About two years ago, Dicot Farms faced a devastating reality. A pesky insect was on the verge of wiping out the entire crop at the Phoenix-based operation, says Anthony Czech, the site’s quality control director.
“At one time, when we were infested with the russet mite, we were looking at losing the entire crop and possibly the whole business,” Czech says. “We were cutting down plants left and right because they were so damaged from these russet mites. There was a time when I saw about 30 plants being cut down a day, and that will add up really quick.”
Czech found the solution to his problem at a conference, where he met representatives from ARBICO Organics, a company that specializes in natural pest-control treatments. The ARBICO experts introduced Czech to a variety of biological pest solutions.
The application of a sulfur spray and predatory mites provided the one-two punch that Dicot Farms needed to save its crop, according to Czech.
“There are many different types of predator mites, and through [ARBICO’s] guidance we were able to win the bug war,” Czech says. “There were no harsh chemicals used and all organically done.”
A chemical pesticide wasn’t an option for Dicot Farms because the company markets its product as all-organic.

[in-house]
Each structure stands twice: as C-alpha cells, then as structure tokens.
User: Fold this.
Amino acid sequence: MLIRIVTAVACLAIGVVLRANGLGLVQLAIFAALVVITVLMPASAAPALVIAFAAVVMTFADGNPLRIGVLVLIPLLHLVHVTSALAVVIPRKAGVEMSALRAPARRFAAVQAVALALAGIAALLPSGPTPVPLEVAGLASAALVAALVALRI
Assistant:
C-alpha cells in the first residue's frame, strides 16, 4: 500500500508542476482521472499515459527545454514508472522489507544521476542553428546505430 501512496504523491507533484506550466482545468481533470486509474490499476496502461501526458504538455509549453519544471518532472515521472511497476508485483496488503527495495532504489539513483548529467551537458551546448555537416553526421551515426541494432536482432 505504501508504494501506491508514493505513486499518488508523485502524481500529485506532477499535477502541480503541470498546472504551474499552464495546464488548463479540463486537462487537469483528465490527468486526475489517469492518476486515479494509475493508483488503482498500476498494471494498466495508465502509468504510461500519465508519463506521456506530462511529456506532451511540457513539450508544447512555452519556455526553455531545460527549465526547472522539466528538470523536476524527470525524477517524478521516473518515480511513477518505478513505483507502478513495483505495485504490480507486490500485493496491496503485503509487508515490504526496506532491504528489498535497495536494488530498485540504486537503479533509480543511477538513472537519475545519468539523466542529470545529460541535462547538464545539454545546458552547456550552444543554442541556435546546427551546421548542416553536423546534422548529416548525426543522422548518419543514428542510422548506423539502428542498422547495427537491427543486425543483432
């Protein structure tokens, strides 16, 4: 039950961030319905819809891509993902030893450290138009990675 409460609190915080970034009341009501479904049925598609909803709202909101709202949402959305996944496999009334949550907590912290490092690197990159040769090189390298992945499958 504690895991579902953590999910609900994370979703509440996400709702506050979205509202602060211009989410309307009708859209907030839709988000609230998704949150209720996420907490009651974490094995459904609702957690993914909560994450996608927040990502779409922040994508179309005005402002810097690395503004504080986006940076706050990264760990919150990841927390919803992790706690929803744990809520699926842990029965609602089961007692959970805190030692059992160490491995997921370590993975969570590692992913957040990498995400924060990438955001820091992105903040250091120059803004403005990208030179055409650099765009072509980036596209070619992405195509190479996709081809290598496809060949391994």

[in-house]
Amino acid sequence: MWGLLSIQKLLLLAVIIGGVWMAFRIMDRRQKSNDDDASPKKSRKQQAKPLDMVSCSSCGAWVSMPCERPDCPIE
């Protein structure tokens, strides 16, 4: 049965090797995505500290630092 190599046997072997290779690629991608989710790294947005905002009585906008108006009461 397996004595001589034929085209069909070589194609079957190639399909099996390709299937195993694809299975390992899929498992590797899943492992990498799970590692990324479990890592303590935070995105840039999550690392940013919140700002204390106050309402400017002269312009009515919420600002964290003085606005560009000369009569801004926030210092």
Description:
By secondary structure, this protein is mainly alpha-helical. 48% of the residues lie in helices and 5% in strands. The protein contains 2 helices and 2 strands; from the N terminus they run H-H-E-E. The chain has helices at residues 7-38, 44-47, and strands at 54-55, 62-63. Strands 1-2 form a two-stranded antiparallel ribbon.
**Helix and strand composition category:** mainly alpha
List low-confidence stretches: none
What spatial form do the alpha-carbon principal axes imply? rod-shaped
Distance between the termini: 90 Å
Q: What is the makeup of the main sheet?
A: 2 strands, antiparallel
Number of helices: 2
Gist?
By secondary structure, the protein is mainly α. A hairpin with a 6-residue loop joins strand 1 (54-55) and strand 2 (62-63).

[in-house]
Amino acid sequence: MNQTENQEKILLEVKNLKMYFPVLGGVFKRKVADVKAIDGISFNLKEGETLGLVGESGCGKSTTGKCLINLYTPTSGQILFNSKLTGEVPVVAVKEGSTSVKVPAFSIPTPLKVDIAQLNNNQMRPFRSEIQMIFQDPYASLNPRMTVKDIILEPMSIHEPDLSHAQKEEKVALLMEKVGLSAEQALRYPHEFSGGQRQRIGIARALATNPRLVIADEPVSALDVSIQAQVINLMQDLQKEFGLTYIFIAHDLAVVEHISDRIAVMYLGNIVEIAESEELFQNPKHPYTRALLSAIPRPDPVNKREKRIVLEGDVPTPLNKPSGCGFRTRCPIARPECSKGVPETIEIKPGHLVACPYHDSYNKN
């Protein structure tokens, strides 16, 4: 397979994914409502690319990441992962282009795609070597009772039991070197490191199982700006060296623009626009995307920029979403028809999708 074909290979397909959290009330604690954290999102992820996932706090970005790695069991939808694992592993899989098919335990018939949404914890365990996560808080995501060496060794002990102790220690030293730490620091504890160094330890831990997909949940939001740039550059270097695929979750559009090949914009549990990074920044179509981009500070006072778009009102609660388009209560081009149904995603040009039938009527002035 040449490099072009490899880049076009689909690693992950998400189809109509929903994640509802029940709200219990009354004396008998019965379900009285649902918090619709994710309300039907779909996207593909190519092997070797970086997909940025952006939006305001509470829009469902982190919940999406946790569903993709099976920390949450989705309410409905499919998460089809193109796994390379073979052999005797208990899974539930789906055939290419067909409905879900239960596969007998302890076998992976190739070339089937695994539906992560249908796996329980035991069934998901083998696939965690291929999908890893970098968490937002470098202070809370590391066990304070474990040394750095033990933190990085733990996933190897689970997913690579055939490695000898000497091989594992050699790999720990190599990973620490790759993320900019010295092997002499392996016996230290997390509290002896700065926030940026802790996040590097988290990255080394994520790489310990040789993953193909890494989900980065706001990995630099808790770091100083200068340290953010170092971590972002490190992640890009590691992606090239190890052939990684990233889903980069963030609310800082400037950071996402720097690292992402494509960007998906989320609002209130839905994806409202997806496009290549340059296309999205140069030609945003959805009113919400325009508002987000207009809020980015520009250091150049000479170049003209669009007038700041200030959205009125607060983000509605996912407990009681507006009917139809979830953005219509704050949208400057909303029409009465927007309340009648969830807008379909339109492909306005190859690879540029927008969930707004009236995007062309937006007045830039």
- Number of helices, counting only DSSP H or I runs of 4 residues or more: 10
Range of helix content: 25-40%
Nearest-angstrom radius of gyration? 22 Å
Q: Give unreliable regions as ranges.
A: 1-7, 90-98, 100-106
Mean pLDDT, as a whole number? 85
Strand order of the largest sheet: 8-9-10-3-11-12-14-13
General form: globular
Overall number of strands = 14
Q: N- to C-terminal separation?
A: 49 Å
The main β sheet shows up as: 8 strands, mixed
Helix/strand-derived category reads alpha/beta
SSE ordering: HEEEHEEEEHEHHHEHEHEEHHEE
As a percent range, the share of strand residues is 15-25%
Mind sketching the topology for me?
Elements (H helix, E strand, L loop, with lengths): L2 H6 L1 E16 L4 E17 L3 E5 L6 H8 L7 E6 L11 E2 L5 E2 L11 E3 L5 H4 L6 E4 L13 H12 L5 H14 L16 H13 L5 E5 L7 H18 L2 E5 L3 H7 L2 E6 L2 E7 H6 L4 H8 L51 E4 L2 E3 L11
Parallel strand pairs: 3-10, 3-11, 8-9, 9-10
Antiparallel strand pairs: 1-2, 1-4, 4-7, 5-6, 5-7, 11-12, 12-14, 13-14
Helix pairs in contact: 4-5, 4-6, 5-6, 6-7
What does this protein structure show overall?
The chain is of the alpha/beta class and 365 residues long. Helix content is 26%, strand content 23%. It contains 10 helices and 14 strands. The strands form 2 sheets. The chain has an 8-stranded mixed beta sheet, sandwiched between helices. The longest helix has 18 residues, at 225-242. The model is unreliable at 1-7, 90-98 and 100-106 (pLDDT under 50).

The sulfur spray and predatory mites are part of a preventive pest management program that also includes the use of nematodes, ladybugs and lacewings, as well as compost teas and neem oil to combat pests before they become a major problem, Czech says.
Each method treats different types of conditions and is part of a regular treatment schedule. For example, Dicot Farms mixes nematodes with its regular watering process, which it performs three times a week, Czech says. The nematodes help fight fungus gnats. Ladybugs help fight aphids or thrips.
“It’s very effective,” Czech says. “You can literally see these ladybugs attack the pests.”
The preventive treatments have become part of an ecosystem that prevents infestations while encouraging growth, Czech says. “They also help with the soil. As they eat these bugs, they defecate in the soil, and that becomes nutrients for the plants.”